VAT for Galleries

Discussion in 'Accounts & Finance' started by fourblankwalls, Dec 31, 2009.

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  1. fourblankwalls

    fourblankwalls UKBF Newcomer Free Member

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    Hi Guys looking for advice on VAT for art galleries. We have had conflicting advice from HMRC over the last few years and want to finally clarify a few pointers.

    Firstly we sell mainly online. Most of the products we sell we make ourselves and accept that pay VAT on the whole amount.

    Secondly and most importantly we do sell some other artists products. These artists are not VAT registered and we do not see the products. They are ordered from the artist and sent directly to the customer from the artist.

    The issue that we have is that we don't think we should be paying VAT on the entire sale. We feel that we should be only paying vat on our portion.

    My accountant tells me that because the artist is invoicing us for the full amount (their portion) that we have to pay VAT on the whole sale price as they are selling the goods to us, but i am not sure.

    Is it all down to how we are invoiced>?


    Sale price of painting £200.00
    Artists price of painting £100.00
    Our commission £100.00

    Currently paying 15% VAT on £200.00

    Any help would be greatly appreciated.
    Posted: Dec 31, 2009 By: fourblankwalls Member since: Nov 12, 2008
  2. Ziggy

    Ziggy UKBF Newcomer Free Member

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    My understanding would be that if you are buying from the artist it is a purchase therefore the artist would need to invoice you for the amount they are selling it for (£100) and as they are not vat registered they wouldnt charge you VAT, and then you selling it at £200 would add VAT as you are selling it and are VAT registered.

    Hope thats what your asking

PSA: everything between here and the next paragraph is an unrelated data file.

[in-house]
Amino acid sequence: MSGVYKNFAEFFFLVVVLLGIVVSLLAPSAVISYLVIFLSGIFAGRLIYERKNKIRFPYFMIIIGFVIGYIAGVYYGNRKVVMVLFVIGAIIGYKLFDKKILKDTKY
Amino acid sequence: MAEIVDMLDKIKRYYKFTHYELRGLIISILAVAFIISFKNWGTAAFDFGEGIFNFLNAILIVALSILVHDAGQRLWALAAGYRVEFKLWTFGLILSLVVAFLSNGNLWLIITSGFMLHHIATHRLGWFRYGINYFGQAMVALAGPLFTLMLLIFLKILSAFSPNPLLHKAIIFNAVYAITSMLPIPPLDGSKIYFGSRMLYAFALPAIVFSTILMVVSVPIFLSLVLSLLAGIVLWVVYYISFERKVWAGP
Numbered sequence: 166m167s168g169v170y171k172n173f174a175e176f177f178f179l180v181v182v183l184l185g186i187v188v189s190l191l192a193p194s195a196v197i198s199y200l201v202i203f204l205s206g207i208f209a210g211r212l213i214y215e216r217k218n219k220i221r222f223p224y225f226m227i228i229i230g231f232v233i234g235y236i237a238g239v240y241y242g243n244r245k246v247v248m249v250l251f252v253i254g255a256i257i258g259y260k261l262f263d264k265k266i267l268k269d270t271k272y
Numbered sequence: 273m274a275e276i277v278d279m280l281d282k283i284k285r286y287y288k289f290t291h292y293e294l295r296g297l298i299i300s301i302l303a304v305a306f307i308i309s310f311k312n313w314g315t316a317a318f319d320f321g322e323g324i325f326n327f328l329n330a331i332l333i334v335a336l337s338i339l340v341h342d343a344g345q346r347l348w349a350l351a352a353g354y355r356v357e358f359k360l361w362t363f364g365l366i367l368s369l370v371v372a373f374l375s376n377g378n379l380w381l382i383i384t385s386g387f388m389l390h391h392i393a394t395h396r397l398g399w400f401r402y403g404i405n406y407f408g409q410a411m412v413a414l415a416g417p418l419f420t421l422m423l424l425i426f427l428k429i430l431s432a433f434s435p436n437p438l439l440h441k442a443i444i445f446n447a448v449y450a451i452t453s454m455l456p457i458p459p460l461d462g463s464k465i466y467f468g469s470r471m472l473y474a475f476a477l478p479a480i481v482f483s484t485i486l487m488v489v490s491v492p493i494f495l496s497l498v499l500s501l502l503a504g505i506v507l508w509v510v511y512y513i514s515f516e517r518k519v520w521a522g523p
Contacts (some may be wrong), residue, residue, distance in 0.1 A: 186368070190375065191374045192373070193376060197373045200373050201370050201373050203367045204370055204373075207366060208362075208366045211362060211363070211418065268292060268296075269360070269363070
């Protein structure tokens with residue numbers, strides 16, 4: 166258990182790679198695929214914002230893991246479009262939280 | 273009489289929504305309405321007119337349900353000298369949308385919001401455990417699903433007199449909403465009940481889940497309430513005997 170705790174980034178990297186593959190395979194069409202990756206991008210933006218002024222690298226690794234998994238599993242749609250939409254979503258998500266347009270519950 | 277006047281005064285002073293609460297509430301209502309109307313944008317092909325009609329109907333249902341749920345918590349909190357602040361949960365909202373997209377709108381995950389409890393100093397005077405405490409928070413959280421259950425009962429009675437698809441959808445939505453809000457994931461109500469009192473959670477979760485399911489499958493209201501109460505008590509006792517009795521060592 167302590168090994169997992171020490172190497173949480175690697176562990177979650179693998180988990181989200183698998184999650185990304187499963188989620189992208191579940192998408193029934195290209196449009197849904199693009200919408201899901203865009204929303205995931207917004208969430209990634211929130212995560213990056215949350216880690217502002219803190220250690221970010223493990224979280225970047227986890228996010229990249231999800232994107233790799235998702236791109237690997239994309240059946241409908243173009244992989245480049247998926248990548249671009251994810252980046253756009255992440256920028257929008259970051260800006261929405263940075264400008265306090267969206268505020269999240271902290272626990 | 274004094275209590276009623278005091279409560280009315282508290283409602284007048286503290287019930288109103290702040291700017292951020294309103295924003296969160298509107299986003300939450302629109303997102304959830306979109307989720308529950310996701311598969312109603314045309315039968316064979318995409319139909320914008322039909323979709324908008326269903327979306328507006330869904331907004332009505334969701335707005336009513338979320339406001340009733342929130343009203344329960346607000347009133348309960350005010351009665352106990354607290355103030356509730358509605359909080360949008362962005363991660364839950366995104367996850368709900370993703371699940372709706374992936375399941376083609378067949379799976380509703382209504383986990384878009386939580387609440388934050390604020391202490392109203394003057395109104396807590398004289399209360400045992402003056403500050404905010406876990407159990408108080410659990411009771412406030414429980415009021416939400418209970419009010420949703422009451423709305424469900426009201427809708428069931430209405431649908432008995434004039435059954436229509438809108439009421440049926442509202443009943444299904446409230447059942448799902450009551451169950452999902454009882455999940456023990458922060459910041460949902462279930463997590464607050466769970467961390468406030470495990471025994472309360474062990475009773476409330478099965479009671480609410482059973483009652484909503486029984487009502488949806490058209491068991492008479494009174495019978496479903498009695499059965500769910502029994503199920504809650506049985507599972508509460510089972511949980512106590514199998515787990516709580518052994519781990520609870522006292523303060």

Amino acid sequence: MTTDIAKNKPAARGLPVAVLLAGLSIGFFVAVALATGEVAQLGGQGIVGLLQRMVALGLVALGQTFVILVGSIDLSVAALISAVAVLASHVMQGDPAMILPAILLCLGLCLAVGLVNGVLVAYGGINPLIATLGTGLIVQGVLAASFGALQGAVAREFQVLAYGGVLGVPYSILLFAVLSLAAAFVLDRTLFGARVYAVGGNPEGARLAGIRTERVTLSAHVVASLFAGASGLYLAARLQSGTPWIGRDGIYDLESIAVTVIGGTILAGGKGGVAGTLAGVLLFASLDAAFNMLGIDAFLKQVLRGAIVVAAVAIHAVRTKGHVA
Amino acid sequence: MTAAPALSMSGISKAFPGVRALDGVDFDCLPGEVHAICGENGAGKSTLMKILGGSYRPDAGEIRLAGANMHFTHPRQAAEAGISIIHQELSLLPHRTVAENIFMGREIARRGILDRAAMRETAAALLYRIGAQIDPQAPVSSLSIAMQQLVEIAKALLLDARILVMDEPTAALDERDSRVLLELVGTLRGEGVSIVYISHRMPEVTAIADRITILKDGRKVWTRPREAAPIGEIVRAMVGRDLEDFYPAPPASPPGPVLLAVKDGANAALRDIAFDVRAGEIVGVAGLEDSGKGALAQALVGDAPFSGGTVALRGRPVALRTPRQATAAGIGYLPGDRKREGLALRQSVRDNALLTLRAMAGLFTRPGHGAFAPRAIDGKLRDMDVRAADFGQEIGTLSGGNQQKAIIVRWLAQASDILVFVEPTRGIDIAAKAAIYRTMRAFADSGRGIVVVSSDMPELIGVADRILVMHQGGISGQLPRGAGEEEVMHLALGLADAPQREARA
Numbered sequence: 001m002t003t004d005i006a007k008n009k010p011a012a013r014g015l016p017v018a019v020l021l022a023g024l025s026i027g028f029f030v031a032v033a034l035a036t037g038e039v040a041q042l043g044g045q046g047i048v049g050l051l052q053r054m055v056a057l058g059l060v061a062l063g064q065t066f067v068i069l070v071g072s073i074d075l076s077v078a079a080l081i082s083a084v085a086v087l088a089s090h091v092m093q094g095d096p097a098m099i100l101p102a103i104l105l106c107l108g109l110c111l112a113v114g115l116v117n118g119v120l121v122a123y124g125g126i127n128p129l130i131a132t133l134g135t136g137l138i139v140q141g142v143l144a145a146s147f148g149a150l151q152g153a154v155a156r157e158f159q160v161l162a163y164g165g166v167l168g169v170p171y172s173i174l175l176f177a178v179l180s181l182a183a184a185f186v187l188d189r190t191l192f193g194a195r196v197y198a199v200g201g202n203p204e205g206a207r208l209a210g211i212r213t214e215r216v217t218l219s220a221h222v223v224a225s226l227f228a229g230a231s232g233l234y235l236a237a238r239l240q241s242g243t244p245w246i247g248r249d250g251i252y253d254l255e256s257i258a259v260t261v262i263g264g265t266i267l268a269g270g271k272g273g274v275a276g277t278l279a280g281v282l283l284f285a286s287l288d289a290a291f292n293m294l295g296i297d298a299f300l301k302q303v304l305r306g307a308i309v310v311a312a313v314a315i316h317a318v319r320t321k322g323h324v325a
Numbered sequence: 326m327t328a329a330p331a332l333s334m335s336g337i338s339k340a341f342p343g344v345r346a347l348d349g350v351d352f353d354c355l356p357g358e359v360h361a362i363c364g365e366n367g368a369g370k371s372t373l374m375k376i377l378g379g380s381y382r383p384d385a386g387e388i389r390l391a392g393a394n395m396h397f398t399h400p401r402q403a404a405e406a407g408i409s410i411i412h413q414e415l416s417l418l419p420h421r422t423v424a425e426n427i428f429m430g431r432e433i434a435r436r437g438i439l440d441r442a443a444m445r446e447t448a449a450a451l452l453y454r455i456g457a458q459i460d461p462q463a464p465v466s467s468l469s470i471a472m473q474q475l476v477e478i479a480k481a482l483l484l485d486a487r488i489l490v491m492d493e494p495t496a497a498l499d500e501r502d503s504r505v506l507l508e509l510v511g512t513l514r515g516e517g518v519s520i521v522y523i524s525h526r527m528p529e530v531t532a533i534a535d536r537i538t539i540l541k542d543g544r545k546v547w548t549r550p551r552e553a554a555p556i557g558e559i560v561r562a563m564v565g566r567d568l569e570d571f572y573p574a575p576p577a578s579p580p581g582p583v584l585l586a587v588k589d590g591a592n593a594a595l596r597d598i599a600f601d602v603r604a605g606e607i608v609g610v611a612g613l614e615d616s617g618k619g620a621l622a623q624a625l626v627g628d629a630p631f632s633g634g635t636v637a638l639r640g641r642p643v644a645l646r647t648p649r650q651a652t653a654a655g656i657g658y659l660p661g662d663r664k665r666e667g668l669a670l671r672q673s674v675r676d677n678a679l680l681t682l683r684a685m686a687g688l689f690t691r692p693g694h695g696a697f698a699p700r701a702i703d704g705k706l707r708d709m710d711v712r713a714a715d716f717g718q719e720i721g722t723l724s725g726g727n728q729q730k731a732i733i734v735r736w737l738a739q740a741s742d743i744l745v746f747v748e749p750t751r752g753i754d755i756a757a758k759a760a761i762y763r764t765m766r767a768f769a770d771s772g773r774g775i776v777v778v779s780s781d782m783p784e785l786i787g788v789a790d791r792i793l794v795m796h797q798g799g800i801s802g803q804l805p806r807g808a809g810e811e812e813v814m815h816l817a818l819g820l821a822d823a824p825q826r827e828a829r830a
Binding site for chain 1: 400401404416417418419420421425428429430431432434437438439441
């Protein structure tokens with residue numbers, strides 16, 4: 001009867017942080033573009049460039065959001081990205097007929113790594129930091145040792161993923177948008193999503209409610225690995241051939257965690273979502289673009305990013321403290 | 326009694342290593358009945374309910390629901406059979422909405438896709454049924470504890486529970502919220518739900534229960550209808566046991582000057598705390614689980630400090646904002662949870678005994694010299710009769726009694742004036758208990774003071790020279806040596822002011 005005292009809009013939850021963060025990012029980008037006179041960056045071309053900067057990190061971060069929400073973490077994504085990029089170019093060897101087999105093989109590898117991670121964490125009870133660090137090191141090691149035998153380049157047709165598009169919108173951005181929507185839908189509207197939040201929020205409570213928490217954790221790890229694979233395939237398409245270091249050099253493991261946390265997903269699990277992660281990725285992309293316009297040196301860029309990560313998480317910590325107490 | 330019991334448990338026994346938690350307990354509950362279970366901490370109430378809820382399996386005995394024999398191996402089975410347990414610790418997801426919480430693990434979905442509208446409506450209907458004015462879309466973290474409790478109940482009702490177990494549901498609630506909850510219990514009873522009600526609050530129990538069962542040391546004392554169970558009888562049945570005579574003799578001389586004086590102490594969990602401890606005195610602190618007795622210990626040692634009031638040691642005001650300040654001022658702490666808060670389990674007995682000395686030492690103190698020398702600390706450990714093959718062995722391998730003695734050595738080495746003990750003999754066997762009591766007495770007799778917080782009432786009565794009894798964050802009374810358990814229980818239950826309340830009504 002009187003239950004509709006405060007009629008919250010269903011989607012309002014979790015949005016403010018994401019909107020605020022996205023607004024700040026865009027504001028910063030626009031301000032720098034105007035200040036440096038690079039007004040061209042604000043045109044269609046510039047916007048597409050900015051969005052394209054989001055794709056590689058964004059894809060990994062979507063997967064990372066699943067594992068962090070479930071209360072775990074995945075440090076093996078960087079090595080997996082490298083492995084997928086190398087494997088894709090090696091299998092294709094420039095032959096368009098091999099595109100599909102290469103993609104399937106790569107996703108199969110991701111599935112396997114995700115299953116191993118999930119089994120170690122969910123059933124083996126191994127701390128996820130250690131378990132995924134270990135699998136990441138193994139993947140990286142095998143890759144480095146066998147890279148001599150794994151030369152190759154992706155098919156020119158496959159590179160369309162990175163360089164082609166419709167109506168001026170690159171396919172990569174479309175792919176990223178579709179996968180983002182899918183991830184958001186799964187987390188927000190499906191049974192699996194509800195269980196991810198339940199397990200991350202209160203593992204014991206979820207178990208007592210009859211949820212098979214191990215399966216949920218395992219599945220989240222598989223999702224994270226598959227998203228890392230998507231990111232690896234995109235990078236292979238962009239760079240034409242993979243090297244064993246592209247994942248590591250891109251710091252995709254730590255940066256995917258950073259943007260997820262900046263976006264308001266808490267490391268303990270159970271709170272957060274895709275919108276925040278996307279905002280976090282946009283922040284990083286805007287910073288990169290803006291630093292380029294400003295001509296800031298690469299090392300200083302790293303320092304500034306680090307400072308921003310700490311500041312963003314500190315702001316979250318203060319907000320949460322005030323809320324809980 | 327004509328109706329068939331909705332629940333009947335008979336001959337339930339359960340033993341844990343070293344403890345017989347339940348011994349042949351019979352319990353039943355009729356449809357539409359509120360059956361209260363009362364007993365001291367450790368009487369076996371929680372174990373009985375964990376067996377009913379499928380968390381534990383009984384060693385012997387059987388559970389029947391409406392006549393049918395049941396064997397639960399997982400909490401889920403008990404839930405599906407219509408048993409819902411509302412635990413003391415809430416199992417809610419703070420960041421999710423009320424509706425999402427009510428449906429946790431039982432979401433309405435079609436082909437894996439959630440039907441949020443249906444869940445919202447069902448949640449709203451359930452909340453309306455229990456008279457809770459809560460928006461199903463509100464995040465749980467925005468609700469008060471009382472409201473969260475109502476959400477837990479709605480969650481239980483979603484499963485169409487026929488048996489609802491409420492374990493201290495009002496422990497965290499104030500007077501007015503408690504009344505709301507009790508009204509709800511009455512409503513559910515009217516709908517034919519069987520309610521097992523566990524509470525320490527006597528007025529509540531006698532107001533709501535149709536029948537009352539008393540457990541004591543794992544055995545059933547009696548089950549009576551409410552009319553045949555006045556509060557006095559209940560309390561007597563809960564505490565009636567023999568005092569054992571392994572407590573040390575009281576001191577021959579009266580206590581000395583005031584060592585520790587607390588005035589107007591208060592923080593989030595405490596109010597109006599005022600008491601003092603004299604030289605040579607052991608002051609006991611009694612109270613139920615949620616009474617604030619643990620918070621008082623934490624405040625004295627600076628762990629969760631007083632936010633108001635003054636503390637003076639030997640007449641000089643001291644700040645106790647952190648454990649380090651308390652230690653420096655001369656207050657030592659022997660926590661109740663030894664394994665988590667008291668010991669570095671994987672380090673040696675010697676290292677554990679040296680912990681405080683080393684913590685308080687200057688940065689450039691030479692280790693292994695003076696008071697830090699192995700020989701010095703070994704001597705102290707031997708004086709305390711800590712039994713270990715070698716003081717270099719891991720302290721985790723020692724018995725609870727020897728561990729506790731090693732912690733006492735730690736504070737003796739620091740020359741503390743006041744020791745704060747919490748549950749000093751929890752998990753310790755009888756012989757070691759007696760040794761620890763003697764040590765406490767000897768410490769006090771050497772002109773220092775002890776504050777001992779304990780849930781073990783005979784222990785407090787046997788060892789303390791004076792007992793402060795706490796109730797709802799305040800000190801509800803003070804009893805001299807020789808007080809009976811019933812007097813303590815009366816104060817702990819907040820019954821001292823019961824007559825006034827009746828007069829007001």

Posted: Dec 31, 2009 By: Ziggy Member since: Dec 31, 2009
  3. fourblankwalls

    fourblankwalls UKBF Newcomer Free Member

    113 8
    Kind of. Thanks for taking the time to reply but i think it might be slightly more than that.

    The problem is that we don't actually see the goods so we would expect not to add VAT onto the whole amount (200.00). Most galleries operate a system where they take in an item, sell it for double and pay VAT on just their amount.

    We are an online seller and were adviced to pay VAT on the whole amount by the VAT office. Then we were advised to pay VAT on just our part by the VAT office and now my accountant has stuck his ore in and changed it all back again.

    I don't see why the VAT office should get a percentage of our amount and that of someone who is not vat registered. I guess it all boils down to who owns the art?

    We never own the art or the products, we simply sell them via our website and the customer sends directly to the customer.
    Posted: Dec 31, 2009 By: fourblankwalls Member since: Nov 12, 2008
  4. David Griffiths

    David Griffiths UKBF Legend Full Member - Verified Business

    11,426 3,561
    There are two approaches to this problem.

    The first solution, which is best suited to tradtional face to face sales, is to make it clear on the painting that you are selling as agent for the artist. The £200 that you collect then belongs to the artist. Before you pay it over, you raise a charge to the artist for £100 inc VAT so that the artist gets the net £100. The £200 is not recorded in your sales - only the £100 less VAT.